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Prescription Drug Abuse Facts and Statistics

Prescription Drug AbuseWhile illegal drug abuse has decreased, the abuse of prescription drugs has reached epidemic status, according to the Centers for Disease Control and Prevention. Narcotic pain relievers are at the top of the list of abused prescriptions, with overdoses and deaths rising significantly in recent years. One of the many dangers of prescription drug abuse involves erroneous beliefs about the safety of this type of drug use. Many people mistakenly believe that misusing prescription drugs is not dangerous, which can lead to increased use and abuse.

Negligent physicians and illegal online pharmacies are two ways in which people can obtain prescription drugs, states the attorney general of Georgia. Sometimes, a physician will even intentionally over-prescribe a prescription drug to a patient, which can lead to addiction and overdose. Prescription drug monitoring programs exist in 49 states, according to the Trust for America’s Health. PDMP programs vary in funding and scope, which can impact their effectiveness for identifying physicians who prescribe prescription drugs unethically.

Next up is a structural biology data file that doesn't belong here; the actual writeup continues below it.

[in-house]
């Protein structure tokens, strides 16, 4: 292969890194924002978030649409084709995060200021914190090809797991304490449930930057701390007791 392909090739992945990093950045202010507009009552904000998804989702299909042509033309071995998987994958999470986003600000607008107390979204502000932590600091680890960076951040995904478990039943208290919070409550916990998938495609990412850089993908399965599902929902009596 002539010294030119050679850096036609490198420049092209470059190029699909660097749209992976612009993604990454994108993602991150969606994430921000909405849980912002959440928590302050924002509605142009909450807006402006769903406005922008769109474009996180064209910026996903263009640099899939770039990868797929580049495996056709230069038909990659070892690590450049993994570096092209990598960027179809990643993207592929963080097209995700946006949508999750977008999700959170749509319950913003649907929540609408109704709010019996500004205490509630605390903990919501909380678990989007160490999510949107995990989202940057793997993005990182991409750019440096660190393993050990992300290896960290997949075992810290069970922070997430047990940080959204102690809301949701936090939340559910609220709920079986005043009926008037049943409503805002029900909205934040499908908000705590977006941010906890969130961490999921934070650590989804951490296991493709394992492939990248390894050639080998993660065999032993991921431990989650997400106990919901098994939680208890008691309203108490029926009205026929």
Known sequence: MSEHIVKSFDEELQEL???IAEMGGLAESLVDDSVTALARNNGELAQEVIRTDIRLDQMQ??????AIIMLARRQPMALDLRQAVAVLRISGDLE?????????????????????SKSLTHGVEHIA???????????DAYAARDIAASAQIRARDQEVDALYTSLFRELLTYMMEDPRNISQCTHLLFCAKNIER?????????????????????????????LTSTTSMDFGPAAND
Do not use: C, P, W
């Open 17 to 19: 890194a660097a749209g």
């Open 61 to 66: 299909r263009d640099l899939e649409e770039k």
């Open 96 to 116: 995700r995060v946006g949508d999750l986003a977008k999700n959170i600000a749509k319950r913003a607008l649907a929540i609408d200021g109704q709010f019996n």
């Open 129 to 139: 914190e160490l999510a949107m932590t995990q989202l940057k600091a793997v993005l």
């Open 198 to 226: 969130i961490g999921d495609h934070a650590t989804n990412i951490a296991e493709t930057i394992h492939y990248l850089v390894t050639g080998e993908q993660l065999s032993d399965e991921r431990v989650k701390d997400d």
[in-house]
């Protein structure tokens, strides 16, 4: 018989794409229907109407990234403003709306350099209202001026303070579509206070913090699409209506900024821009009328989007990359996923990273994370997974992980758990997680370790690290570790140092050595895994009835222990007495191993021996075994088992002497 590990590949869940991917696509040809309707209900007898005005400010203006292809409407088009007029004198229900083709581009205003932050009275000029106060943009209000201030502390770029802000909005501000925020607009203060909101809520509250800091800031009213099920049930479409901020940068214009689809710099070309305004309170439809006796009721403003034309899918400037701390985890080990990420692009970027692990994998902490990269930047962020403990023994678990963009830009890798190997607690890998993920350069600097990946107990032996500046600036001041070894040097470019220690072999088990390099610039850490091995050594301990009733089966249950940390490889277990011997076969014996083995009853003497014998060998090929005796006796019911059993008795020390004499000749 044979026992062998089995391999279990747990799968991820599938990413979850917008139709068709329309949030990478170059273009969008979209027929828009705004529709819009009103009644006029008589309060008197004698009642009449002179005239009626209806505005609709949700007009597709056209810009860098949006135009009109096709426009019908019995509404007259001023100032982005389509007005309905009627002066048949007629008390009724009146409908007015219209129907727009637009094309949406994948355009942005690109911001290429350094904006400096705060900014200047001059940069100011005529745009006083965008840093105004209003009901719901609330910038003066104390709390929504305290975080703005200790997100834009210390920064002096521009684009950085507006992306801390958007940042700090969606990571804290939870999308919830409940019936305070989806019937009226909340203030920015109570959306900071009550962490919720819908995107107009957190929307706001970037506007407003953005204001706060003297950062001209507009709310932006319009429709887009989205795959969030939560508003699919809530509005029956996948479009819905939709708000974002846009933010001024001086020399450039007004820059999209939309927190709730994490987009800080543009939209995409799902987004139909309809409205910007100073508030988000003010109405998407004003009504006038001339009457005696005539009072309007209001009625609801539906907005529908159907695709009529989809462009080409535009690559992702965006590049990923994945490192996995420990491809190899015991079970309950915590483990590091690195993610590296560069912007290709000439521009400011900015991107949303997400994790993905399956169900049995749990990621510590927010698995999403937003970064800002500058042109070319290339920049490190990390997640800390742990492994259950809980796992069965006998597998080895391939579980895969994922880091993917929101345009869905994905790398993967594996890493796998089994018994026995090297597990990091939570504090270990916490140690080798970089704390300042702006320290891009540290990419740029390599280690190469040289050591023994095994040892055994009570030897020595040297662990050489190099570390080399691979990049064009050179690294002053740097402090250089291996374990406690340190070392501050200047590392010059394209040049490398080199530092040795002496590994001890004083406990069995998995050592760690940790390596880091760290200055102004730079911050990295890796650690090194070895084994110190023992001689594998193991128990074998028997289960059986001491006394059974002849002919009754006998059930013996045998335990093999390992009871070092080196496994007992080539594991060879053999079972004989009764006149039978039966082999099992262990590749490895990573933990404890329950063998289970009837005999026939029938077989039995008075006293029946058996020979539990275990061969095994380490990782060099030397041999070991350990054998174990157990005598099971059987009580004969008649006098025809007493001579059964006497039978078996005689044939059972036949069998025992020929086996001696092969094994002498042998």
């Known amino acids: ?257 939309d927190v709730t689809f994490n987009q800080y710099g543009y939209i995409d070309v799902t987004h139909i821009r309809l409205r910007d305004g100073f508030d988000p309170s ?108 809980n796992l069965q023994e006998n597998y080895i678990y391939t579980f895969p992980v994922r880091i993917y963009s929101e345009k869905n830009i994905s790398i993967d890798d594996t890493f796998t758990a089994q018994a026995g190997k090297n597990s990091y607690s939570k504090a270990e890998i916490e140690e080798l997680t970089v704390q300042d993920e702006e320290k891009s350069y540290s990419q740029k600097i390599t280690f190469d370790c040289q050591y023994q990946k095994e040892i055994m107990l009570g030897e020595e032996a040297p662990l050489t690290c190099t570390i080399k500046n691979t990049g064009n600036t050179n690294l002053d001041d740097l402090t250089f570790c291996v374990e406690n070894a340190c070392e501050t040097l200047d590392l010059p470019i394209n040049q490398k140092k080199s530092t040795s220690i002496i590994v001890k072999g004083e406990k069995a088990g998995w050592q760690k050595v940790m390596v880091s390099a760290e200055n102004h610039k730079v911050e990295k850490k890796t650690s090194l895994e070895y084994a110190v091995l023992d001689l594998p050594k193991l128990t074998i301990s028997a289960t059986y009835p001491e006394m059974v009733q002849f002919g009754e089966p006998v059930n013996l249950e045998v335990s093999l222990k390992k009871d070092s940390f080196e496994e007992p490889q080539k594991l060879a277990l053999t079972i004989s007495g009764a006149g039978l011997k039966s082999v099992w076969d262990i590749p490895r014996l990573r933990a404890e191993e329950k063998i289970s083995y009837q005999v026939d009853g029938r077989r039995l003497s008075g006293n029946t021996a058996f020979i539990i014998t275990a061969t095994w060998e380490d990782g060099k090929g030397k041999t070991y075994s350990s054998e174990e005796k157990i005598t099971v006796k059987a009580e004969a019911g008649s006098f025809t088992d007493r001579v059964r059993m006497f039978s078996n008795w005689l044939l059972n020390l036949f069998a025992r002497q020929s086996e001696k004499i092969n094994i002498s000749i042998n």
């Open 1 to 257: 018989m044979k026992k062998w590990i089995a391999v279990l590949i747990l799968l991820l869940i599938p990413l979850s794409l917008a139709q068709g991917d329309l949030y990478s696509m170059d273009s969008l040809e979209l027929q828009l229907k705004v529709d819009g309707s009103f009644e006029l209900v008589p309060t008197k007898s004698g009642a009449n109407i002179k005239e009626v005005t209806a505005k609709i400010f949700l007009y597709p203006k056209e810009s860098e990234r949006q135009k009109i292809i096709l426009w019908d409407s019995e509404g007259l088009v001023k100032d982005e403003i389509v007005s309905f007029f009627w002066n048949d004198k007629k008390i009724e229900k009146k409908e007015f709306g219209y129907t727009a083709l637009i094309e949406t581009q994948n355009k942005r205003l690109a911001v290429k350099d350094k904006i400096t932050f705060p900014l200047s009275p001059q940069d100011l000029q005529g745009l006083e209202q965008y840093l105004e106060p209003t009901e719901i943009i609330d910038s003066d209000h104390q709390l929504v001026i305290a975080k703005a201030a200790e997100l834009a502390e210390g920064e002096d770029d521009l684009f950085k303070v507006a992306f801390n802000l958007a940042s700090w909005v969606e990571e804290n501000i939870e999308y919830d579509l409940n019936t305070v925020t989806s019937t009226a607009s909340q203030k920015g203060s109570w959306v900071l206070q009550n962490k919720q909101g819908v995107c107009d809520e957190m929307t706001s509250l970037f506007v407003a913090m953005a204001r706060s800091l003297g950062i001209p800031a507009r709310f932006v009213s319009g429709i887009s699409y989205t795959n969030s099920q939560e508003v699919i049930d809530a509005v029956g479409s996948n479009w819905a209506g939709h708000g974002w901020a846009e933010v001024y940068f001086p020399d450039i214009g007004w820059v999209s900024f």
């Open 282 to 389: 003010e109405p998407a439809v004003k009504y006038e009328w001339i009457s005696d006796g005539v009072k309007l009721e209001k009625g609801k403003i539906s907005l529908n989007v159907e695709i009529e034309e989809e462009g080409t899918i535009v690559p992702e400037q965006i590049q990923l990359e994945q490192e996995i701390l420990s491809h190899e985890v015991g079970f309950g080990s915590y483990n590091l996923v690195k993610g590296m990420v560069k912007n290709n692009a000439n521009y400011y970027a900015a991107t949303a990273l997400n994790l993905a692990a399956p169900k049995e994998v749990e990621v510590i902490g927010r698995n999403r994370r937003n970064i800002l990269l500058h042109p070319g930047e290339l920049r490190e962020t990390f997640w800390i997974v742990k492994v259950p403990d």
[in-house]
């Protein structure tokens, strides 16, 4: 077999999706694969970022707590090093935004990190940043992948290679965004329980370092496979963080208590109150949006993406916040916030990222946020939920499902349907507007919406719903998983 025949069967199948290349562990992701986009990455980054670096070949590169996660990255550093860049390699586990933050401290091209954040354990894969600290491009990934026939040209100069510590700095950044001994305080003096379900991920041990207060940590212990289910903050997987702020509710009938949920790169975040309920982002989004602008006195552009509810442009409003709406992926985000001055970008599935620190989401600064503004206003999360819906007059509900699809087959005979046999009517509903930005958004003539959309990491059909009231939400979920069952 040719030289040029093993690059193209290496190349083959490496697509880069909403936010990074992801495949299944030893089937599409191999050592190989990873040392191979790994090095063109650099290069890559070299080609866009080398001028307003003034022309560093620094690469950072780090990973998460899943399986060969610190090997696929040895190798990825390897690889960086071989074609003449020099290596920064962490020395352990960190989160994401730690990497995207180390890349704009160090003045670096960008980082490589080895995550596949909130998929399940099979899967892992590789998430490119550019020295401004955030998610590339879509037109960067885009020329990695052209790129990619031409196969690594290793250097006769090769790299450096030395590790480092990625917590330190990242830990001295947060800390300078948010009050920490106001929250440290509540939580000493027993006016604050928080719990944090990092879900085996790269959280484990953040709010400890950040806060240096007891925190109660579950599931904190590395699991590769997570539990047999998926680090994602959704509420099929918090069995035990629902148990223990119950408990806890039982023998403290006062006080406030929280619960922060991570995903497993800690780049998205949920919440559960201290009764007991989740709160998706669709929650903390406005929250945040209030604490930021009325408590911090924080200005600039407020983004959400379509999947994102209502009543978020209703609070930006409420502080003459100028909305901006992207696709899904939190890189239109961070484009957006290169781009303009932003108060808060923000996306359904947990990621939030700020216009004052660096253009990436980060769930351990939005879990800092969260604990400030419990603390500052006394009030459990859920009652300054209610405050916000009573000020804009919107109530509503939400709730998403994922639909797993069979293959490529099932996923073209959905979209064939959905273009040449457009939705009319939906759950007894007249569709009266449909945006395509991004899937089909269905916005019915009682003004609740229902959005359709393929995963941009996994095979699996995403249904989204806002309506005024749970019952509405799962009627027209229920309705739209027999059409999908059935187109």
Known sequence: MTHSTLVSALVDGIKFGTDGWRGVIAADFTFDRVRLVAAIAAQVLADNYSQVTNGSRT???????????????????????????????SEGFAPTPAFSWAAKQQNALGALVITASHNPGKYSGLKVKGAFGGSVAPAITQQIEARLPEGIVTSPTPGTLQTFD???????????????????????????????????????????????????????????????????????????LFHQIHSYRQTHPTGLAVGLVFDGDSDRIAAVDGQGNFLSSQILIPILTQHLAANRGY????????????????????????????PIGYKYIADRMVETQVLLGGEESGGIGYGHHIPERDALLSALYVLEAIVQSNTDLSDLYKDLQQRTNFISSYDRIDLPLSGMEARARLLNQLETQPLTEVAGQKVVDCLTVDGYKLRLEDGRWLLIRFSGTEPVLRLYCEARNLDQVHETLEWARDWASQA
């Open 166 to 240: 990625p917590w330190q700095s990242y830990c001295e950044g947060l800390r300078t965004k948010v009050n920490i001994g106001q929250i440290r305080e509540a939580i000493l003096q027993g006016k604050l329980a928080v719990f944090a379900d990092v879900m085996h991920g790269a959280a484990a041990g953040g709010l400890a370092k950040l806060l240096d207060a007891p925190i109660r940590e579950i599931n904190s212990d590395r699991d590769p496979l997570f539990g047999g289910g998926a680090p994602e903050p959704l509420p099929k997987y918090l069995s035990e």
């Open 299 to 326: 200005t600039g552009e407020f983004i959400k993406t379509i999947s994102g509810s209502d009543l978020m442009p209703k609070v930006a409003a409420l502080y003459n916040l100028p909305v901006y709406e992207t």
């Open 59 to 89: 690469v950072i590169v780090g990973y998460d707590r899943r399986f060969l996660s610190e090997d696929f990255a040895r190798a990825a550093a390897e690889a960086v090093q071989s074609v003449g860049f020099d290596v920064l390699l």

The CDC warns that hepatitis and HIV are two risks connected with prescription drug abuse, due to a common trend that involves transitioning from prescription drugs to illicit drugs. Falls and fractures are another risk associated with prescription drug abuse. Health consequences vary depending on other factors, such as geographic location, age, gender, and diagnosed medical conditions.

Campaigns to educate people about the risks of prescription drug abuse may help reduce its prevalence. Educating parents, young people, and patients about prescription drug dangers is one strategy for reducing prescription drug abuse. For example, any patient prescribed a prescription pain reliever should receive clear instructions from the prescribing physician about how to use the drug safely, how to store it, and how to dispose of the drug, if applicable. Organized “medicine drop” events may also help to avoid prescription drugs falling into the wrong hands, states the North Carolina Department of Justice. These scheduled events enable law enforcement agencies to collect old medications from citizens instead of people throwing them away or leaving them in medicine cabinets where others could take them. Law enforcement agencies then dispose of the prescription drugs safely.

Specific Problems with Prescription Drug Abuse

Details About Prescription Drug Abuse

Statistics About Prescription Drug Abuse